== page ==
Under the brightly lit moon, 100 feet tall mountains of marble change forms as the river Narmada passes through it. This view is so scenic that it stays with you for long. But this is just one of the many gifts that Jabalpur offers.
Here you will enjoy the privilege to experience surreal spectacles of nature romance man's endeavours to carefully preserve the breath-taking imperial history. No wonder it has been a witness to some of the greatest episodes written by history, folklore and mother nature.
Jabalpur is sure to amaze you, whichever direction you turn to, reminiscent of your trips to fun-fairs as a child.
Pleasure resort and capital of the Gond Kings during the 12th century, Jabalpur was later the seat of the Kalchuri dynasty. The Marathas held sway over Jabalpur until 1817, when the British wrested it from them and left their impression on the spacious cantonment with its colonial residences and barracks. Today Jabalpur is an important administrative centre, abustle with commercial activity.
The original settlement in this area was ancient Tripuri and the rulers of this city, the Hayahaya, are mentioned in the Mahabharata. It passed successively into Mauryan and then Gupta control until, in 875 AD, it was taken by the Kalchuri rulers. In the 13th century it was overrun by the Gonds and by the early 16th century it had became the powerful state of Gondwana. Though besieged by Mughal armies from time to time, Gondwana survived until 1789 when it was conquered by the Marathas. Their rule was unpopular, due largely to the increased activities of the thuggees who were ritual murderers and bandits. The Marathas were defeated in 1817 and the thuggees subdued by the British who developed the town in the mid 19th century.
By Air: With the nearest airport, the Jabalpur Dumna airport, at a distance of mere 20 kms. from the city, travelling is hassle-free. Jabalpur is also well connected with Mumbai, Delhi, Hyderabad, Pune, Nagpur, Bhopal, and Indore by air.
By Rail: Jabalpur has regular trains from major cities of the country. Nearest stations are Jabalpur Junction (JBP), Madan Mahal (MML), Deori (DOE), Adhartal (ADTL) and Jamtara Paraswara (JPV)
By Road: Frequent cab service to Jabalpur is available from all major cities such as Bhopal, Indore and Raipur.
Madan Mahal Fort: Built by the Gond ruler, Raja Madan Shah, in 1116 atop a rocky hill, the fort dominates the skyline and provides a panoramic view of the town and the country side around it.
Sangram Sagar and Bajnamath: These medieval constructions were built by the famous Gond King, Sangram Shah, between 1480-1540.
Rani Durgavati Memorial and Museum: Dedicated to the memory of the great Queen Durgavati, it is her memorial and museum which houses a fine collection of sculptures, inscriptions and prehistoric relics.
Tilwara Ghat: From where Mahatma Gandhi's ashes were immersed in the Narmada, and venue of the open session of the Tripuri Congress in 1939.The 12th century Mala Devi Mandir, Pisan Hari Jain Temples and Roopnath are some of the other sites in and around Jabalpur which merit a visit.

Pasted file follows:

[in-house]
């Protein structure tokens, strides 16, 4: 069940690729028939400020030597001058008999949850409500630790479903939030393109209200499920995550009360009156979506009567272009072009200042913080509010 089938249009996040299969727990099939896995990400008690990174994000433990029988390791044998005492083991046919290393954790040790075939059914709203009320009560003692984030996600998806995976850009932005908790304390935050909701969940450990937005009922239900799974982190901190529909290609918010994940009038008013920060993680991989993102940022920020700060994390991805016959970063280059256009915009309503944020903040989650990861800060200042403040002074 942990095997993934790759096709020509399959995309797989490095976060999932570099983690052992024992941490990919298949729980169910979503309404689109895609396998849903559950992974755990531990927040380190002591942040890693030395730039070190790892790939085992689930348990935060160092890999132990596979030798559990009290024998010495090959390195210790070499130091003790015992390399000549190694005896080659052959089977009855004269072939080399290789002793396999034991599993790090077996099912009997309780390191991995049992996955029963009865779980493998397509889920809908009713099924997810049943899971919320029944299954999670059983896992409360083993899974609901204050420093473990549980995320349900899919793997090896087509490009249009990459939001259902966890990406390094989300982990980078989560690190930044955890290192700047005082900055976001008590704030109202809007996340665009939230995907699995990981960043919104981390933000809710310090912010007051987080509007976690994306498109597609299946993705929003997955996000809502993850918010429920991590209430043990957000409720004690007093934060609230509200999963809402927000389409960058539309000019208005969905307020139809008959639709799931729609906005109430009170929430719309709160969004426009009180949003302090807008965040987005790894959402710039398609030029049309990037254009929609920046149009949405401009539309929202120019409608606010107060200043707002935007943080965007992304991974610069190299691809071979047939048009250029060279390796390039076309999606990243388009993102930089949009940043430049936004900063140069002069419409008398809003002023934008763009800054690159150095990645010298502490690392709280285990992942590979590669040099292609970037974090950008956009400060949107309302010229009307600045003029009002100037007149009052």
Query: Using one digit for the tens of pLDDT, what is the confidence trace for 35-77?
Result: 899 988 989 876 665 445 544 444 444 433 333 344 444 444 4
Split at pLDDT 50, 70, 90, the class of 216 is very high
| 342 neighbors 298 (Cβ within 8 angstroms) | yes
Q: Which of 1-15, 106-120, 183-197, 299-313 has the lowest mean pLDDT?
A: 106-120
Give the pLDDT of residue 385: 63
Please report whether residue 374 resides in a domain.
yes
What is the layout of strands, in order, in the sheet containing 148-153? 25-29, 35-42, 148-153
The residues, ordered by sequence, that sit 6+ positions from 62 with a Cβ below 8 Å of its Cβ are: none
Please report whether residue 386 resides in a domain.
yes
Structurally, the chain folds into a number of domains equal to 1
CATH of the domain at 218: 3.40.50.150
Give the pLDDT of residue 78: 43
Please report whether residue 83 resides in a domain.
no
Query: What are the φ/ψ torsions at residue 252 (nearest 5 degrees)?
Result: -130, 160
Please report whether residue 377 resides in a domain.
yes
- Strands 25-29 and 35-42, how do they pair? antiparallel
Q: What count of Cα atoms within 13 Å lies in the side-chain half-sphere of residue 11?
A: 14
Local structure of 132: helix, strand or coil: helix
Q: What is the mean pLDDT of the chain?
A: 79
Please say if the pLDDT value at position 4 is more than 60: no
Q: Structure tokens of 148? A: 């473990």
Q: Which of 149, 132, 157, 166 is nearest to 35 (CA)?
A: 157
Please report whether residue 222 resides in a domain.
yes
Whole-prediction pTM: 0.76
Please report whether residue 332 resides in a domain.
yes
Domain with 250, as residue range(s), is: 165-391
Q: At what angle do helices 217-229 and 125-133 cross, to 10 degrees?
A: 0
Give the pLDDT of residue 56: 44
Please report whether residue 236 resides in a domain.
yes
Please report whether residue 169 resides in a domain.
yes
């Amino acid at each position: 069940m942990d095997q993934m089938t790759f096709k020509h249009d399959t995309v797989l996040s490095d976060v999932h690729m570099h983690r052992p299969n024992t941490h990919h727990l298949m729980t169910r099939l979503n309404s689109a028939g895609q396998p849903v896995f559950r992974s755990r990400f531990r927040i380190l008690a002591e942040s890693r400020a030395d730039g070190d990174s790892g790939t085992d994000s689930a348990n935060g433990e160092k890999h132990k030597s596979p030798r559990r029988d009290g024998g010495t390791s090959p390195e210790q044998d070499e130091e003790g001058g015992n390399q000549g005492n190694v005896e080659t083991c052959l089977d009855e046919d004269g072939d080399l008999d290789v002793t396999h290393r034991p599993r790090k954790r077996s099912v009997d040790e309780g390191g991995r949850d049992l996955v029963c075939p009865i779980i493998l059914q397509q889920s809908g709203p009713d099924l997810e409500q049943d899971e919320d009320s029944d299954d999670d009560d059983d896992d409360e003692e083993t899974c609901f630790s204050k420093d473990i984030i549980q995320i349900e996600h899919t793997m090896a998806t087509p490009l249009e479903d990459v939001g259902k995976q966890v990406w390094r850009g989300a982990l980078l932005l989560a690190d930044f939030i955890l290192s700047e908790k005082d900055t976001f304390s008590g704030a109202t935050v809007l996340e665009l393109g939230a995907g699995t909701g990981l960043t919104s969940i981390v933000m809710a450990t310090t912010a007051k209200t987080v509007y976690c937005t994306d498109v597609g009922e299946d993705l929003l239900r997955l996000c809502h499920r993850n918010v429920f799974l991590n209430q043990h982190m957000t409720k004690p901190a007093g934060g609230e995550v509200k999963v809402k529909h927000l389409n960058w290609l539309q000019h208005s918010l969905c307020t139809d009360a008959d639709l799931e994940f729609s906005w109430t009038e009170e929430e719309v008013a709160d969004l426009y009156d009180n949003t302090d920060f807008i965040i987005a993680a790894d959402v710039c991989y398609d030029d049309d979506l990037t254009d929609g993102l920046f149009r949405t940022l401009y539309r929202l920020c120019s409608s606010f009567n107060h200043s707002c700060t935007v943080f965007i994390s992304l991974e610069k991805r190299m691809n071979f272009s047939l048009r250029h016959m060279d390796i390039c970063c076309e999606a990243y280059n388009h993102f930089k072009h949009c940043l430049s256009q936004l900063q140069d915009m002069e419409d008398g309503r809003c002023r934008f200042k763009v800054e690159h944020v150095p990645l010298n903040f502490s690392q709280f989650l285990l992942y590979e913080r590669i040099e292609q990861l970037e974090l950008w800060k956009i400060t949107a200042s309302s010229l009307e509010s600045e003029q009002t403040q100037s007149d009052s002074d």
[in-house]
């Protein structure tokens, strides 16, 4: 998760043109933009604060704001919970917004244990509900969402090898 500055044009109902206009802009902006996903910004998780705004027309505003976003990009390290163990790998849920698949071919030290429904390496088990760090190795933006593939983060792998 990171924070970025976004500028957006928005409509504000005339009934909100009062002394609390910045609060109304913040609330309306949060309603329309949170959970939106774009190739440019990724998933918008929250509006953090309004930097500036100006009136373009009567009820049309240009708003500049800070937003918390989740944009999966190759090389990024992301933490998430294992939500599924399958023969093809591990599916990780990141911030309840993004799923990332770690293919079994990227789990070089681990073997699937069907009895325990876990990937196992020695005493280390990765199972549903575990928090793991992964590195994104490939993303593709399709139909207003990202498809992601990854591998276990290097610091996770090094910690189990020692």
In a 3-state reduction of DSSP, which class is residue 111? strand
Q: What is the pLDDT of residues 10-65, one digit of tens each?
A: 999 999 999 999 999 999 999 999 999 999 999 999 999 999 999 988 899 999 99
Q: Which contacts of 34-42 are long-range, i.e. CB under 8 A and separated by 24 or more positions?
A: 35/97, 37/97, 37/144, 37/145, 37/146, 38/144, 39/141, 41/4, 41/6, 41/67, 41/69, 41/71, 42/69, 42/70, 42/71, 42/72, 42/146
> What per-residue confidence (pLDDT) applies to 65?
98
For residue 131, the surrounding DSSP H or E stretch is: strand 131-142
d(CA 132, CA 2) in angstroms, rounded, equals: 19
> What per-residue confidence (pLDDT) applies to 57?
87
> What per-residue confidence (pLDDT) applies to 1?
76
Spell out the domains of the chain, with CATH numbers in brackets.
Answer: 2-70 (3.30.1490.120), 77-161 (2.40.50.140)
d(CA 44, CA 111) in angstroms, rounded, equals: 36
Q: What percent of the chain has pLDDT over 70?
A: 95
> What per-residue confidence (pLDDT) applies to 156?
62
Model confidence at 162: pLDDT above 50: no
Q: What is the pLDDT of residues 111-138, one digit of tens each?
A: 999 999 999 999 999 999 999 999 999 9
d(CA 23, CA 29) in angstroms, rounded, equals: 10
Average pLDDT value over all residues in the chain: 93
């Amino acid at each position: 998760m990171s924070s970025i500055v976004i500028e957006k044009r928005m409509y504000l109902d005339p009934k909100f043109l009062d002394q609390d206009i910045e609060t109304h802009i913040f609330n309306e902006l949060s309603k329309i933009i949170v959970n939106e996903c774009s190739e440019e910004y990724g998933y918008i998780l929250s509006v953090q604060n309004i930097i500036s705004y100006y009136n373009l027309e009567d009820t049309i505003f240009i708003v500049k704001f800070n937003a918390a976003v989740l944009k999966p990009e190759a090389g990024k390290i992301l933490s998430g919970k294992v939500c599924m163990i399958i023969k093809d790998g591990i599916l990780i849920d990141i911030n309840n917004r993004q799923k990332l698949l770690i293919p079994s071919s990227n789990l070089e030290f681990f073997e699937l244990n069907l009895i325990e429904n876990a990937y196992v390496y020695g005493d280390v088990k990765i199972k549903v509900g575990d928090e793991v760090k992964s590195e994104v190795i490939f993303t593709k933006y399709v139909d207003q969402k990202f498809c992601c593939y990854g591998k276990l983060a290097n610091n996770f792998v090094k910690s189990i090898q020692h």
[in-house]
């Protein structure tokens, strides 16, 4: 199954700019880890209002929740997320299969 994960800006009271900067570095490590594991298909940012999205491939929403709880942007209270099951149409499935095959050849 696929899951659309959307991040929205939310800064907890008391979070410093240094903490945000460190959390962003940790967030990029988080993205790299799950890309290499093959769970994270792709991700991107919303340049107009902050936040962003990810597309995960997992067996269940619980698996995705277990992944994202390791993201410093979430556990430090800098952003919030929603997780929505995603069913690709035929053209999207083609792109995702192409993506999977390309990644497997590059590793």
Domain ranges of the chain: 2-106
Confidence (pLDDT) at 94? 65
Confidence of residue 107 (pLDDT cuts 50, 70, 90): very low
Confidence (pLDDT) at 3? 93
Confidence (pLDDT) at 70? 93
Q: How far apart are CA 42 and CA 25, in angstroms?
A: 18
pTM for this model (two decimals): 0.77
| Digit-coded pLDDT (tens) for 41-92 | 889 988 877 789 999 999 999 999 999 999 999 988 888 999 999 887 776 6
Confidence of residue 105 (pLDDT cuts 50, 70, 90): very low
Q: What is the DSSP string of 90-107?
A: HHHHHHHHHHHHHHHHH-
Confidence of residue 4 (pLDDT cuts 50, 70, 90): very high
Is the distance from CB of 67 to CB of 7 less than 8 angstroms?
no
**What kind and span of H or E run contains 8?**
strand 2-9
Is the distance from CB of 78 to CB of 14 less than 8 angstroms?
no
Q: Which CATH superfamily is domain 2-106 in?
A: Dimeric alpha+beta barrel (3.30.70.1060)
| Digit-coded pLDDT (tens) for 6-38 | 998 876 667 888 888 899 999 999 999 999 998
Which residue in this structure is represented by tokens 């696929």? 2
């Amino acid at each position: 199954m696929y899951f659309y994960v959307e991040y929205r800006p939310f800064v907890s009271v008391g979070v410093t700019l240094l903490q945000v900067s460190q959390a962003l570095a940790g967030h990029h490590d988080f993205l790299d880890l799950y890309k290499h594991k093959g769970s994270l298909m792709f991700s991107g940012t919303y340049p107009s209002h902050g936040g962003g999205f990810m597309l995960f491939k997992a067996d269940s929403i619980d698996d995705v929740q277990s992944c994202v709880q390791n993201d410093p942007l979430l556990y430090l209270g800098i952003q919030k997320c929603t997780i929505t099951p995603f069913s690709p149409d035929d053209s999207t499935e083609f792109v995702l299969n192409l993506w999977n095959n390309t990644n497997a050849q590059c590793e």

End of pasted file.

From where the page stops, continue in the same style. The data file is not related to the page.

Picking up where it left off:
Roopnath: Roopnath, 84 km from Jabalpur, is famous for a Lingam dedicated to Shiva and placed in the cleft of a rock.
Bilhari: 14 km from Katni. Many pieces of ancient sculpture have been found here.
Nohta: 81 km from Jabalpur, Nohta is believed to have been the capital of the Chandela kings in the early 12th century. About 2 km from the village of Nohta is a Shiva temple, where a Kartik fair is held annually. A few Jain ruins can also be seen in Nohta.
Mandla & Ramnagar: 95 km south of Jabalpur, Mandla is known for its fort which is situated in a loop of the Narmada river so that the river protects it from three sides, with a ditch on the fourth. Built in the late 17th century, the fort is now subsiding into the jungle, although some of the towers still stand.About 15 km away is Ramnagar with a ruined three- storey palace overlooking the Narmada. The palace and then the fort were both built by Gond kings, retreating South before the advance of Moghul power. Near Mandla there is a stretch of the Narmada where many temples dot the riverbank..
Rookhad: 101 km from Nagpur on N.H. No 7 (26 km from Seoni) lies Rookhad, a charming retreat in Bison country. Rookhand is a wildlife sanctury adjacent to the Pench National Park.
Balancing Rock: You won't believe your own eyes on seeing this magic trick by Mother Nature,which stood as it is even in an earthquake of 6.5 magnitude.
Damuna Nature Park: Spread across a vast 1058 hectares,this natutre park is home to exotic flora and fauna.
Chausat Ypgini Temple: A Steep flight of 108 stairs and you will be awe-struck by this 10th century temple with a massive diameter of 125 feet.
Pisanhari ki Madiya : Folk says this beautiful Jain pilgrim centre was built 500 years ago by a poor lady who used to grind flour.
Dhuandhar Falls: Here,river Narmada falls from a dizzying height of 98ft.and magically turns to clouds of refreshing smoke.
• Visit National Park Kanha / Bandhavgarh
• Visit Bhedaghat